1st Congressional District candidates Mark Sanford, Elizabeth Colbert Busch continue stumping in the Lowcountry today

First Congressional District candidate Mark Sanford holds $1,000 in one-dollar bills, as he explains that organizations around the country are spending $600,000 to defeat him in his bid for the seat. Buy this photo


Republican and former Gov. Mark Sanford waved $1,000 worth of dollar bills around Marion Square this morning to decry the influence of outside money in the 1st Congressional District race.

His rival, Democrat Elizabeth Colbert Busch began the day in Beaufort, where Mayor Billy Keyserling endorsed her.

Keyserling said this marked the first time he has taken such a step. “I admire Elizabeth Colbert Busch’s toughness, business savvy and her commitment to Beaufort — especially balancing our budget and standing up for military families.”

She returned to Charleston by lunch and picked up another endorsement, this one from the National Committee to Preserve Social Security and Medicare.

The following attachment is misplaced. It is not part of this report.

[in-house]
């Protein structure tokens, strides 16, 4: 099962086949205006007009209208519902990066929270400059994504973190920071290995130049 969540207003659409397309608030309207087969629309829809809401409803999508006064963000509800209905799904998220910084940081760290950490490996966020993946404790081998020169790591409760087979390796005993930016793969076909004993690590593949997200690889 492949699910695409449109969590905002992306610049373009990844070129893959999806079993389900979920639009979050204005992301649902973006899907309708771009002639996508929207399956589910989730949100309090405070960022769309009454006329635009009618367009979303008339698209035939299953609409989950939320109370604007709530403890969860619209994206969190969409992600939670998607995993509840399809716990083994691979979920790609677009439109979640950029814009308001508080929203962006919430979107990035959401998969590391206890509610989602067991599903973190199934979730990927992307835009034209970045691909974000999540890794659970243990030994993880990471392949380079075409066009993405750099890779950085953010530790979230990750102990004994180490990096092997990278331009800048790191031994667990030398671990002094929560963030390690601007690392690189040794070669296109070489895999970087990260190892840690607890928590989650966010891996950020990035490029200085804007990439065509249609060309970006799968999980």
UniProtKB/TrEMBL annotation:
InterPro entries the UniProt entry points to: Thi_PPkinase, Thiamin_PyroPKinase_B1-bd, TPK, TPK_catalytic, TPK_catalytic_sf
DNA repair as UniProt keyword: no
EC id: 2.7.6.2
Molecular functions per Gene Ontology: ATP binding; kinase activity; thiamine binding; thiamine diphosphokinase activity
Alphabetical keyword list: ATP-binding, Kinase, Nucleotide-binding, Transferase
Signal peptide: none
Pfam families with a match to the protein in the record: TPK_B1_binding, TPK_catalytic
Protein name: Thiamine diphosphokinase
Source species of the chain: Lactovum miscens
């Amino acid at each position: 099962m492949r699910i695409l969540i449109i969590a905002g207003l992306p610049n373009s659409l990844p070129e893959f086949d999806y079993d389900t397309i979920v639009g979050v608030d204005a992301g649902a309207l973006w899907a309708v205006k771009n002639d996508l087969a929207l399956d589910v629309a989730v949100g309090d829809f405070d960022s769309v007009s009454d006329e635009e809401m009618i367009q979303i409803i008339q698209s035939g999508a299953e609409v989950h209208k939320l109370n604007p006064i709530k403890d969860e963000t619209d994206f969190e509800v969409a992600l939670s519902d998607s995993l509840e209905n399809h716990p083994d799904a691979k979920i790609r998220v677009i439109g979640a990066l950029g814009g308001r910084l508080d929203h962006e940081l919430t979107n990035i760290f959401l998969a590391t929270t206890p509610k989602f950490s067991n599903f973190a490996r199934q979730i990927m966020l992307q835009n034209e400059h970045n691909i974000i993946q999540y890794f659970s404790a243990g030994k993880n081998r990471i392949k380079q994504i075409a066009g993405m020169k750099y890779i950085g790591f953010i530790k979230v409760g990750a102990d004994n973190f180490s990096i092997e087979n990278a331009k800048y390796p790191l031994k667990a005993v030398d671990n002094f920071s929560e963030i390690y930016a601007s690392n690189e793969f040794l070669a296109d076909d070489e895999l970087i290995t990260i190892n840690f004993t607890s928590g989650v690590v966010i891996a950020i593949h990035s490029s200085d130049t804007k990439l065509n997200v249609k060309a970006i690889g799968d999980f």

The group’s President and CEO, Max Richtman said he traveled here to announce the backing in person, partly because he and Sanford have clashed over Sanford’s previous efforts to privatize Social Security.

Sanford said the outside money being spent against him, largely from the House Majority PAC and Democratic Congressional Campaign Committee, amounted to 600 times the sum he clutched in his hands.

“Are we going to let folks here in South Carolina decide this race, folks here in the 1st Congressional District?” he asked. “Or are we going to let folks from outside try to buy this race?”

Colbert Busch already has been backed by Charleston Mayor Joe Riley and now is being backed by Keyserling, whose late mother was Beaufort County’s first female House member.

Colbert Busch will conclude her public events with an afternoon tour of Trident Technical College’s main campus in North Charleston.

Sanford also is set to wrap up his public appearances with three stops in Summerville.

The election is May 7.


Read more in tomorrow’s Post and Courier.

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